* Age: 6 * Born at 36 weeks gestation *
At 17 when most teenagers are planning for their senior year of high school, their plans for college, and what they they'd like to achieve in life, I was busy planning how I was going to raise a child. I found out I was pregnant at the end of my junior year, and though I was actually quite okay with it, I was still completely scared out of my mind. At 7 wks along, on my way to school, I was in a car accident, prompting me to reveal to my mom much earlier than I had planned, that I was pregnant. Things were fine, thankfully, and my pregnancy continued on as any normal pregnancy would. I passed all the blood tests, I ate healthy, I exercised, and I made sure that I did everything my doctors told me to do, because we were all concerned that my young age could affect my unborn child.
On January 12, 2004, just 3 days before I was scheduled to graduate high school, things took an unexpected turn. It was by chance that I had been attending my second lamaze class at the hospital, when I informed the intructor that I felt as if I were leaking fluid. She immediately sent me to the maternity ward to be examined further, and it was revealed that I had developed an infection in my uterus, causing me to go into early labor. I was only 32 weeks along at the point, 3 days past my 18th birthday, and faced with the real possibility of an early delivery. Words cannot describe how terrified I was. The doctors admitted me, hooked me up to an IV, and began administering Magnesium in attempt to stop my labor from progressing. Three days later I was sent home with instructions of strict bed rest.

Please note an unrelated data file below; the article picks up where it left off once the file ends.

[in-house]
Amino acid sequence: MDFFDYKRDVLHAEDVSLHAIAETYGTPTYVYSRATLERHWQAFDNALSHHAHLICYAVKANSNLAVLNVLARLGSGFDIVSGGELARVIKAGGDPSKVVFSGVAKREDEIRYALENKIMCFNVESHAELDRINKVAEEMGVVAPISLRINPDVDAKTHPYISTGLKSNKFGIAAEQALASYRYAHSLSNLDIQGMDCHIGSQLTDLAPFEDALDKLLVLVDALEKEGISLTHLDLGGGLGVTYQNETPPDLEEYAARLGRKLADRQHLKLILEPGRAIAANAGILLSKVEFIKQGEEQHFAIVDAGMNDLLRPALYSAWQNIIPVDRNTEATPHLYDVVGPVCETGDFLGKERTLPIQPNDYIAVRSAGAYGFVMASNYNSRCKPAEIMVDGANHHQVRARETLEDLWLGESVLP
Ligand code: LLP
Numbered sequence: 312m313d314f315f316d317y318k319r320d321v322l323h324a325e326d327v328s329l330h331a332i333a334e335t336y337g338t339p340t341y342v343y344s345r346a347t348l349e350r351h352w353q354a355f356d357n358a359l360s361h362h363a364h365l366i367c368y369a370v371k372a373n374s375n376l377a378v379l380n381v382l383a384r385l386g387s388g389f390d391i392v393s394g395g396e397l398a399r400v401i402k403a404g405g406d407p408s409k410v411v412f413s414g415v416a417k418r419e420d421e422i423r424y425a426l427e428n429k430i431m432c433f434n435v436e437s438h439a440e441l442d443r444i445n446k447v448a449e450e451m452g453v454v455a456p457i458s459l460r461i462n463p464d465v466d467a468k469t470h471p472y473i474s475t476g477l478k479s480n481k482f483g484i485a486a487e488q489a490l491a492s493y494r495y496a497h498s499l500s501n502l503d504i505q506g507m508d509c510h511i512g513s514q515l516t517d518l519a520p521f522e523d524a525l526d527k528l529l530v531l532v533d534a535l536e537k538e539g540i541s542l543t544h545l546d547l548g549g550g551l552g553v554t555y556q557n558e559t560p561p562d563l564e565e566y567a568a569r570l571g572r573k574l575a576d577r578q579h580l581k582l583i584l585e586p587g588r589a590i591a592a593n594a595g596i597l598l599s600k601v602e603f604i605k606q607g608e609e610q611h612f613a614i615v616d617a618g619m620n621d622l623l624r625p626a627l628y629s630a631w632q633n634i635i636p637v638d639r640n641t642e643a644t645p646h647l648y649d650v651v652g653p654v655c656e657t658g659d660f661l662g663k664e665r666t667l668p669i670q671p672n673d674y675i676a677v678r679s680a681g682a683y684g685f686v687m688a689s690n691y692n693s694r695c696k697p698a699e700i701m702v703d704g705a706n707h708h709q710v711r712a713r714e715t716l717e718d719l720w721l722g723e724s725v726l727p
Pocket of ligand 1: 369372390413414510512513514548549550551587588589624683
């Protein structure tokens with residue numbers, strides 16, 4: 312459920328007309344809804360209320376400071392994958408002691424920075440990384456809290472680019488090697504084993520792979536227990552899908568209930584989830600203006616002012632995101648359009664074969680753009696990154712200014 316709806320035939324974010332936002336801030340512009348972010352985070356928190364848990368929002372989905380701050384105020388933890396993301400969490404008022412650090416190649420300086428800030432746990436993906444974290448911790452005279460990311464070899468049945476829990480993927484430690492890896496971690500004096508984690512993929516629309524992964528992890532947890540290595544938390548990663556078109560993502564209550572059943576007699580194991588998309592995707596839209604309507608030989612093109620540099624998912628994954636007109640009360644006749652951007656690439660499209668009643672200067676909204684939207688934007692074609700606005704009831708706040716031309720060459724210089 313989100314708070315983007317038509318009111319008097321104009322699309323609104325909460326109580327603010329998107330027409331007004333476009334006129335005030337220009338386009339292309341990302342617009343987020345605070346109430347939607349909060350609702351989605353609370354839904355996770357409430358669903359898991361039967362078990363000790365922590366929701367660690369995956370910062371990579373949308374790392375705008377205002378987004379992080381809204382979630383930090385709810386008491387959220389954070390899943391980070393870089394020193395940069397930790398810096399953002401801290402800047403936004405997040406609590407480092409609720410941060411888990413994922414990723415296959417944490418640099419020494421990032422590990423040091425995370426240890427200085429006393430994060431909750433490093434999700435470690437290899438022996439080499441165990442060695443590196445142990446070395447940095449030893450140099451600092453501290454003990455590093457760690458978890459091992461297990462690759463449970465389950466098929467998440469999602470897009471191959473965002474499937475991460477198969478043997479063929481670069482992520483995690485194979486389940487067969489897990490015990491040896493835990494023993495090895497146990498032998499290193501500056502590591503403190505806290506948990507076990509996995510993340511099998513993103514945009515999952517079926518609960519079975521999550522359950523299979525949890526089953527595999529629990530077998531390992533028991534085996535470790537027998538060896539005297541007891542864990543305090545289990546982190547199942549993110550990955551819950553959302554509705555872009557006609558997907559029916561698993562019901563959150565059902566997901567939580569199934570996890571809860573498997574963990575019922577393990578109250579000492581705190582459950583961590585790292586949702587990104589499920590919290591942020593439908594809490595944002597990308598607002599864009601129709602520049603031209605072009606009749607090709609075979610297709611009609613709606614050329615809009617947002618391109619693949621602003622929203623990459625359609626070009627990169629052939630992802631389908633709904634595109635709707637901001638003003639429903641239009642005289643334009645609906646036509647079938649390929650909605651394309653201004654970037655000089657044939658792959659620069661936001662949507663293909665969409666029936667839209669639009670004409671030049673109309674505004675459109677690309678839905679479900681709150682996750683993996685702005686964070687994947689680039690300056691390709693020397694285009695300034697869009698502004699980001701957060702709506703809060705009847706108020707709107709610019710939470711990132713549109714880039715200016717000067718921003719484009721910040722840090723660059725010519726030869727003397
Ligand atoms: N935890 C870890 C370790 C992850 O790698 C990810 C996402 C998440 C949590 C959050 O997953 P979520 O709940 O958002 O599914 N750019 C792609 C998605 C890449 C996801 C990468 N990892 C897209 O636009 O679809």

I was medicated to the point of taking ten pills a day, one set to keep me from going into labor, and another set to fight off the infection in my uterus. Bed rest only last two weeks before I was back in the hospital, once again trying to fight off an early delivery. After finding out that I was severely dehydrated, I was hospitalized for the night. An IV of fluids and a couple steroid shots later as a precaution to boost my unborn son's lungs, I was sent home yet again.
My third trip to the hospital, my doctor finally made the decision that it was in the best interest of me, and my son, that I deliver early. My boyfriend (now my husband) and I were terrified of the possibilities of having a child that was born a month earlier than he was supposed to be. To some, 36 weeks may seem close enough to full-term, but in reality, there is still so much more development to be done.
I was eventually induced and delivered my son on February 1, 2004 at 12:17pm. Alexander shocked both my family and the doctors, weighing in at 7lbs 14ozs, physically showing no signs that he was, in fact, premature. He did, however, have a fever at the time of delivery, and I was only allowed a few moments with him before he was sent off to the NICU. I was more fortunate than others I know, Alex only spent two days in the hospital, and was allowed to go home with me when I was discharged. It was a very long two days, as he was only allowed no more than an hour at a time in my room, typically only for feeding. I was not able to go to the NICU to see him, but I was grateful for any amount of time that I was given with him. I'll never know whether my car accident, the infection, or my age in general contributed to his early delivery, but I honestly wouldn't change a thing that happened.
Alex, overall, was a very healthy child, only minor issues developing due to his premature birth. It was later, when he became a toddler, that we noticed he was developmentally delayed compared to other children his age. I can proudly say, however, that after three years of speech therapies, occupational therapies, IEP's, and countless hours spent helping him catch up with his peers, Alex is completely mainstreamed with classmates. He's a typical first grader, who despite his diagnosis of Aspergers and ADHD, has been able to make me proud with how well he is excelling in the classroom and at home. I couldn't be more proud of him.